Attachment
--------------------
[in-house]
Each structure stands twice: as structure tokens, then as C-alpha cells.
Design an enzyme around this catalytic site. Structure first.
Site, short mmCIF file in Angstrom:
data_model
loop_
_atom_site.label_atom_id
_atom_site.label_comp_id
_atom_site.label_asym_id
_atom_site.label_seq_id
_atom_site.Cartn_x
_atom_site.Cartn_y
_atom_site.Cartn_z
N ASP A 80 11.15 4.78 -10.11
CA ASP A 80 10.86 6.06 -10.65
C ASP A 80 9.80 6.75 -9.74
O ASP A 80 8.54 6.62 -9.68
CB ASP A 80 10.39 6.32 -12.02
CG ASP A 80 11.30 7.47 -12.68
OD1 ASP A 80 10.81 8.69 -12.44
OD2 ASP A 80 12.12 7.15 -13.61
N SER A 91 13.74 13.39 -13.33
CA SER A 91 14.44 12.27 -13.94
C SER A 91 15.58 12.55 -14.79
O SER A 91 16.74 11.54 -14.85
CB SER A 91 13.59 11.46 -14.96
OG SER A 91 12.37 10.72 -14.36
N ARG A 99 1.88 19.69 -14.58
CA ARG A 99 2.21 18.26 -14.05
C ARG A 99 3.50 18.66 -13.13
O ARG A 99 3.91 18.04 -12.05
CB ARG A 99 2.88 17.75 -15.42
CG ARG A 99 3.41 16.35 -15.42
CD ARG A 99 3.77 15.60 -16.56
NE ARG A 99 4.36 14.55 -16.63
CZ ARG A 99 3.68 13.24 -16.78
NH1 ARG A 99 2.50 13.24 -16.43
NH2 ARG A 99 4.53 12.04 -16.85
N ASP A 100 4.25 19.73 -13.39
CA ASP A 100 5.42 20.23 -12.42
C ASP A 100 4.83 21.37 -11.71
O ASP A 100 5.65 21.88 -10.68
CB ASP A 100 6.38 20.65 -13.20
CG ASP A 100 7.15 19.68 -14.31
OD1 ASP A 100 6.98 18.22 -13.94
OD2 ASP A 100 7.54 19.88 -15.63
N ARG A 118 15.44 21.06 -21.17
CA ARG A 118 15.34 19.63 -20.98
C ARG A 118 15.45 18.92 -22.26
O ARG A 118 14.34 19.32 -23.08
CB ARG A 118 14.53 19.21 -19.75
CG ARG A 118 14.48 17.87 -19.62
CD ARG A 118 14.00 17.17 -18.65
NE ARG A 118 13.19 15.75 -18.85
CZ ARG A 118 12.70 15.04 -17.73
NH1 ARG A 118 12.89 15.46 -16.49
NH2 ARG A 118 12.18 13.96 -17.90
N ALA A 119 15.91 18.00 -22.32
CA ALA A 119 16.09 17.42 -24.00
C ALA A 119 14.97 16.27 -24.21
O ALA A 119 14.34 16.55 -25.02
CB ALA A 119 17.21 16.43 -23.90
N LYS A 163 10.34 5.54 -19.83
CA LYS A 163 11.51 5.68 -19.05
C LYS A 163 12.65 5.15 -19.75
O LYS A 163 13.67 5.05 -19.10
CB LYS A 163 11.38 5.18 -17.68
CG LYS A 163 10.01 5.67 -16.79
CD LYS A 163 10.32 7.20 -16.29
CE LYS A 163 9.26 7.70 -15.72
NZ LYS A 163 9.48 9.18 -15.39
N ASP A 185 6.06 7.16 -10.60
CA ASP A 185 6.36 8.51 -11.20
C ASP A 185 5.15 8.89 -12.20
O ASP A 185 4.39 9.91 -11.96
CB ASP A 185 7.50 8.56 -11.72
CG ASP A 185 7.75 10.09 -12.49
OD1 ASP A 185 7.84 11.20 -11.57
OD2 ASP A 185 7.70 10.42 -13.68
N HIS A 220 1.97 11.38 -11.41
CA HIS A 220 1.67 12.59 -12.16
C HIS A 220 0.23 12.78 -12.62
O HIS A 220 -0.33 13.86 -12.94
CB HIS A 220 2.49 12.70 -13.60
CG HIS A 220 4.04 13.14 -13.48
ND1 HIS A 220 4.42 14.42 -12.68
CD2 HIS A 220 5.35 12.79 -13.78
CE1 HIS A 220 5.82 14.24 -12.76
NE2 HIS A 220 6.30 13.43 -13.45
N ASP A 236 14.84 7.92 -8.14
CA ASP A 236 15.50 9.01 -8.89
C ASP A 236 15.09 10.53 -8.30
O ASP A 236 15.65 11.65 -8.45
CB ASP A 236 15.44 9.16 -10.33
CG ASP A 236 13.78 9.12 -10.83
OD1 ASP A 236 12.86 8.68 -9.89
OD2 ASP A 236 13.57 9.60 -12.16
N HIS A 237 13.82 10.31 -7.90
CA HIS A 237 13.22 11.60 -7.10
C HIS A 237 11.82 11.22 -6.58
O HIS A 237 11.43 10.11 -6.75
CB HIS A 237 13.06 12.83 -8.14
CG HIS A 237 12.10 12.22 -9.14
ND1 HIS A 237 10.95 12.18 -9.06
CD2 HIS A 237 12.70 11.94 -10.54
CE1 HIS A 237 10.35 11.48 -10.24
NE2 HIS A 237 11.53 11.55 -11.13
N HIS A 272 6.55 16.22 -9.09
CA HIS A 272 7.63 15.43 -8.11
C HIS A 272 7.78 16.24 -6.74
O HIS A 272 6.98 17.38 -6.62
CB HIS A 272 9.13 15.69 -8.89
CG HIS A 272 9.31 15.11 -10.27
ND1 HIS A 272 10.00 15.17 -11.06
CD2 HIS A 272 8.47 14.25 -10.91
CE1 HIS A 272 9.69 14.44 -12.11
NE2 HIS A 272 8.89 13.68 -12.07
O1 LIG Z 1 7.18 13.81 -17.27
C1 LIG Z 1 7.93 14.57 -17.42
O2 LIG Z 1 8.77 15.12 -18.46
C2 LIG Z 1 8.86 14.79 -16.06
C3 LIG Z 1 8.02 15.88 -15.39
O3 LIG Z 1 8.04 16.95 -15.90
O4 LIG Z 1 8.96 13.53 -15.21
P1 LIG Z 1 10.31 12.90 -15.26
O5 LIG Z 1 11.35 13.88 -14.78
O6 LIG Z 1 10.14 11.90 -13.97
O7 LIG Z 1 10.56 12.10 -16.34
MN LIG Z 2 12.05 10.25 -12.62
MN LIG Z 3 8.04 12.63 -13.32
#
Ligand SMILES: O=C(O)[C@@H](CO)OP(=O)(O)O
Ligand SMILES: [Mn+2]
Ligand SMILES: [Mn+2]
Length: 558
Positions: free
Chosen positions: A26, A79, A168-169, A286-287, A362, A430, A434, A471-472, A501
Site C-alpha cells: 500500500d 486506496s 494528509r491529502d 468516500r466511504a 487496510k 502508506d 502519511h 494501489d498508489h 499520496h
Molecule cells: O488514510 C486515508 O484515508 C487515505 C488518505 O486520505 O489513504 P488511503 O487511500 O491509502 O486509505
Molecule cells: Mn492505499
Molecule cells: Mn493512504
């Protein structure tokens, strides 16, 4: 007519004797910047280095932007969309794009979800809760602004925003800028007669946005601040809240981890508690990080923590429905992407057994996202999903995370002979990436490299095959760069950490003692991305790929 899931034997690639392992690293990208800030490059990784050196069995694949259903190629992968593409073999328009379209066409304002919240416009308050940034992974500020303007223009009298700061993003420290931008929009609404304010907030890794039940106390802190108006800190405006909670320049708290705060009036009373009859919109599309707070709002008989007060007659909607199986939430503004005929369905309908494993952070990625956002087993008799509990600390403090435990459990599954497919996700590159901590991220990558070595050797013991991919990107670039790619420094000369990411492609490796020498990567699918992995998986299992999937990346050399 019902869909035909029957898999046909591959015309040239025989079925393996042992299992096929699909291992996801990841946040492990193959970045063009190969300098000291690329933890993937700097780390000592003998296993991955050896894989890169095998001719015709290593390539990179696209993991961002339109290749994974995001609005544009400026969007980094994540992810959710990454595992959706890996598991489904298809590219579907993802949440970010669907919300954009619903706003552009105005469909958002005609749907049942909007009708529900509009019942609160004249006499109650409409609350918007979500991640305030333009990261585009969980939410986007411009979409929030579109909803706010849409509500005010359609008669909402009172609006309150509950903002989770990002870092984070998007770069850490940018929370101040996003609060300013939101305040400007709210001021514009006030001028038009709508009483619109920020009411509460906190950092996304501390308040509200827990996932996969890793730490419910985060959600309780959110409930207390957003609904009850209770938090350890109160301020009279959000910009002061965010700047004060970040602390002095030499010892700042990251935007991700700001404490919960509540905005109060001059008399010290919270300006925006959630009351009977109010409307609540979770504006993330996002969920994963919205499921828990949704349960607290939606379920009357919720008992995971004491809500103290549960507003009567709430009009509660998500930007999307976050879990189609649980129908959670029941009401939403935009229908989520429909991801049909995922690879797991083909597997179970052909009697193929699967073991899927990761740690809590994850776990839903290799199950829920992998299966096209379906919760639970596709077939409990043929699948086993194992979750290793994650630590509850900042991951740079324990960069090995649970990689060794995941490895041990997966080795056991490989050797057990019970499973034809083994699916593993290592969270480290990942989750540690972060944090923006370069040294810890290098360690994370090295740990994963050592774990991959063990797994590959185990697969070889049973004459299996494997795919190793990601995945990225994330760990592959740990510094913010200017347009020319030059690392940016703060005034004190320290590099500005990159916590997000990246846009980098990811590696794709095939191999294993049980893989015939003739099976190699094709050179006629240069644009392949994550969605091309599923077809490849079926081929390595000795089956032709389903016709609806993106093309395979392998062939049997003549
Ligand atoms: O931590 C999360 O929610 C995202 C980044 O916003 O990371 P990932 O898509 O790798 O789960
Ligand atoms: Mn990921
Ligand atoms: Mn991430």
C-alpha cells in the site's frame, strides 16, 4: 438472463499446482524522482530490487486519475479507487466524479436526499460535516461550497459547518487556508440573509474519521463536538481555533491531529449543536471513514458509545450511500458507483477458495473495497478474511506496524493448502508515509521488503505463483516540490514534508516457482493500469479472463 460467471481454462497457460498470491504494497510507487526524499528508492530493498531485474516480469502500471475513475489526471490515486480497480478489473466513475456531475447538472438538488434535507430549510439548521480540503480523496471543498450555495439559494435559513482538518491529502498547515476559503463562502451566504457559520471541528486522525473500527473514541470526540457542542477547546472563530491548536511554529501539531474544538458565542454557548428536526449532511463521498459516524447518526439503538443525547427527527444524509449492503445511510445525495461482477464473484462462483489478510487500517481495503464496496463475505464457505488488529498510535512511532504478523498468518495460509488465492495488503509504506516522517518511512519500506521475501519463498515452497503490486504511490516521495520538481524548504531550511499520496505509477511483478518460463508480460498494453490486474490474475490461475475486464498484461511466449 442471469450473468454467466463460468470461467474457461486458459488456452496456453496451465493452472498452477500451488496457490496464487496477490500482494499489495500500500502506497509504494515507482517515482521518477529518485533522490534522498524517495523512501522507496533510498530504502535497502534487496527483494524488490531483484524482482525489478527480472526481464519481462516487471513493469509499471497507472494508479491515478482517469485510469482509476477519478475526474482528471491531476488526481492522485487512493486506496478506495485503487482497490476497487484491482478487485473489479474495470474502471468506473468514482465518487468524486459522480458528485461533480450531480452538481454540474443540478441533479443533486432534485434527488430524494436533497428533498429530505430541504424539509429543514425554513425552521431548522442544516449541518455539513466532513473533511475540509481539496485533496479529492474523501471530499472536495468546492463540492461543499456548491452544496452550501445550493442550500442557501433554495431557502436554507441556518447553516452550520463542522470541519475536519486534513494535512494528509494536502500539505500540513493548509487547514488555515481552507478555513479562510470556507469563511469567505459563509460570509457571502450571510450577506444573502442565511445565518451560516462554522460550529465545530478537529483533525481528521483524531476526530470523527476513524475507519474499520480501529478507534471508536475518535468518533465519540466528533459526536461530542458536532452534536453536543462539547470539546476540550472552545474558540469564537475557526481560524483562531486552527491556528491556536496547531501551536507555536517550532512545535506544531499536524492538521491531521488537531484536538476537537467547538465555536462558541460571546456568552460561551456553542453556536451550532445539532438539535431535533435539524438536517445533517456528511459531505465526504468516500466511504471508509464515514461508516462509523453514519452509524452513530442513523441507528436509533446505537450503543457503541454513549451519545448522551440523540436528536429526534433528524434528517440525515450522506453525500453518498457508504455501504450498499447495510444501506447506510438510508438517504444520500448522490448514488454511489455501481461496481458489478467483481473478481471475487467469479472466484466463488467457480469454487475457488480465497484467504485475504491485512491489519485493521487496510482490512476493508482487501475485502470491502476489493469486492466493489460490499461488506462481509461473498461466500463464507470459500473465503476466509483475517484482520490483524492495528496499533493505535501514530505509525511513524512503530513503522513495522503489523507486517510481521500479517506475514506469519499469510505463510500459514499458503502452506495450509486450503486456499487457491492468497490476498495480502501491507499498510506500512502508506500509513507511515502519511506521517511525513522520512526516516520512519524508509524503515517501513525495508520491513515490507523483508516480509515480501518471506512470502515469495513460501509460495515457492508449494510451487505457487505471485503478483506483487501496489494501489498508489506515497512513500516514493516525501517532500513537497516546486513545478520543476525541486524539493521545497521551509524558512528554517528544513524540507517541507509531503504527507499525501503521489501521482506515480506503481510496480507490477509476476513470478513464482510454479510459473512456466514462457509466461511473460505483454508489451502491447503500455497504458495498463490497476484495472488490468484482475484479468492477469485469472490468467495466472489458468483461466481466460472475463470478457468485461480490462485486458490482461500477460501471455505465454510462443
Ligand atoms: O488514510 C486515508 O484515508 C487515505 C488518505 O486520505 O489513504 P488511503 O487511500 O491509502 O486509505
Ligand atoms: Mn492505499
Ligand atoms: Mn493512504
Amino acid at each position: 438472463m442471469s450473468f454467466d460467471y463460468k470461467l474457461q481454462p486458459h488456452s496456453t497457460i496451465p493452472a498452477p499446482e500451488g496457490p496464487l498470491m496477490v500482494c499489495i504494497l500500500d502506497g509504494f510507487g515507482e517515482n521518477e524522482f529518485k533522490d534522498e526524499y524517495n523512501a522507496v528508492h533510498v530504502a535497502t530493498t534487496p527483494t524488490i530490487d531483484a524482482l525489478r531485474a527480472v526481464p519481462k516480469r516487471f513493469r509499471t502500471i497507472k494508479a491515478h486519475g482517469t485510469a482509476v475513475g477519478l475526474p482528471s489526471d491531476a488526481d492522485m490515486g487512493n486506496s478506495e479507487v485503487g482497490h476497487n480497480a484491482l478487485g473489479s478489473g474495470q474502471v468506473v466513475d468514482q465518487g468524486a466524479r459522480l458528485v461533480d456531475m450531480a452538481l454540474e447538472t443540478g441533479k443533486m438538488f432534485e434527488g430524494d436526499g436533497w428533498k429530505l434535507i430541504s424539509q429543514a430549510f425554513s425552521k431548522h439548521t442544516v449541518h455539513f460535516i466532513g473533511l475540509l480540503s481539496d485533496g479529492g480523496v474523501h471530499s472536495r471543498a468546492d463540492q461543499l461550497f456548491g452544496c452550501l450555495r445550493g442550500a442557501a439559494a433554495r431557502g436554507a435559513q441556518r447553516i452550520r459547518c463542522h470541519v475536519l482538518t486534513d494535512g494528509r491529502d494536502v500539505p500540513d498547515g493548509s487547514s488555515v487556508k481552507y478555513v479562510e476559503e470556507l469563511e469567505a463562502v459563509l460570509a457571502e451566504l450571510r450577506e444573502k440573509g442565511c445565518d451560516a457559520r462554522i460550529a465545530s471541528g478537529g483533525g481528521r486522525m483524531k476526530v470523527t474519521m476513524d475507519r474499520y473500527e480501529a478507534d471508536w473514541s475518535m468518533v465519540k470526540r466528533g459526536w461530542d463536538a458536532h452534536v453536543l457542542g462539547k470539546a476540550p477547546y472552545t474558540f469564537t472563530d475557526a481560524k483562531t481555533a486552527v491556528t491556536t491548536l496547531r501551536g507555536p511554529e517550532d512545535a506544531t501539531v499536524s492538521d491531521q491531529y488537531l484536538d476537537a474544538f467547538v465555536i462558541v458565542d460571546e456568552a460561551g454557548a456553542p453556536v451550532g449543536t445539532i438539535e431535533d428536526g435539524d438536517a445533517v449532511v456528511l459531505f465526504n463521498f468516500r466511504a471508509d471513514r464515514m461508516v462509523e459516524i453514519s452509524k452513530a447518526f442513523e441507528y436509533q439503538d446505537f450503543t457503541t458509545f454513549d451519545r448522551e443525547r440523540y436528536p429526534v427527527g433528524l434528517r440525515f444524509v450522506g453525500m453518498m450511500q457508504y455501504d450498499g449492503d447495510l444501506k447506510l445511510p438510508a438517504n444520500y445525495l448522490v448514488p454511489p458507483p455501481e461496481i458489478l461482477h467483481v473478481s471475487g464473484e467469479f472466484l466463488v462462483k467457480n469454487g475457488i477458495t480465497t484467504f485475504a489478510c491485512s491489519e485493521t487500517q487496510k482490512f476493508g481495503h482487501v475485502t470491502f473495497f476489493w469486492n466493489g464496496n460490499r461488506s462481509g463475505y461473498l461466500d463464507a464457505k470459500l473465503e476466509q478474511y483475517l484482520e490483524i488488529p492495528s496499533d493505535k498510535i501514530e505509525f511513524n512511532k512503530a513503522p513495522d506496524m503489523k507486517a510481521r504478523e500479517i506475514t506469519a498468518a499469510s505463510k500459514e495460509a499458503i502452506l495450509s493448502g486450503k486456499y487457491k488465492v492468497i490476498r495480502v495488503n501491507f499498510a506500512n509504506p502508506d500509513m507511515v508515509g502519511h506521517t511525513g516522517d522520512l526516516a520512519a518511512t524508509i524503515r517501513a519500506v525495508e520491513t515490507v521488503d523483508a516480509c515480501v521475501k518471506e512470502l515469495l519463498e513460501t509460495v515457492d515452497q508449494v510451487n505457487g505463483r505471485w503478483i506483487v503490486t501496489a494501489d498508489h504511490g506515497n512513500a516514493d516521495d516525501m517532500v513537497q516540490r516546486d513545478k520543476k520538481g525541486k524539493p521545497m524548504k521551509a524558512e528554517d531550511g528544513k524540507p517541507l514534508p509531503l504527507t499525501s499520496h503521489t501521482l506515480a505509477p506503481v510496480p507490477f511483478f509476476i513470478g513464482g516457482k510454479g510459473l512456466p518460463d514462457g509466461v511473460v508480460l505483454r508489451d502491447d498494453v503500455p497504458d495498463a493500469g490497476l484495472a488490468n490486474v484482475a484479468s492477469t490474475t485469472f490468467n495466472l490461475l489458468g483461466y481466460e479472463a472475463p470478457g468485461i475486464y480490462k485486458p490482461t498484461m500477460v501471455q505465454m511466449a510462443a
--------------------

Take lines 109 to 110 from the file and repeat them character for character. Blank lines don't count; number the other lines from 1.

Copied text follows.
CA HIS A 272 7.63 15.43 -8.11
C HIS A 272 7.78 16.24 -6.74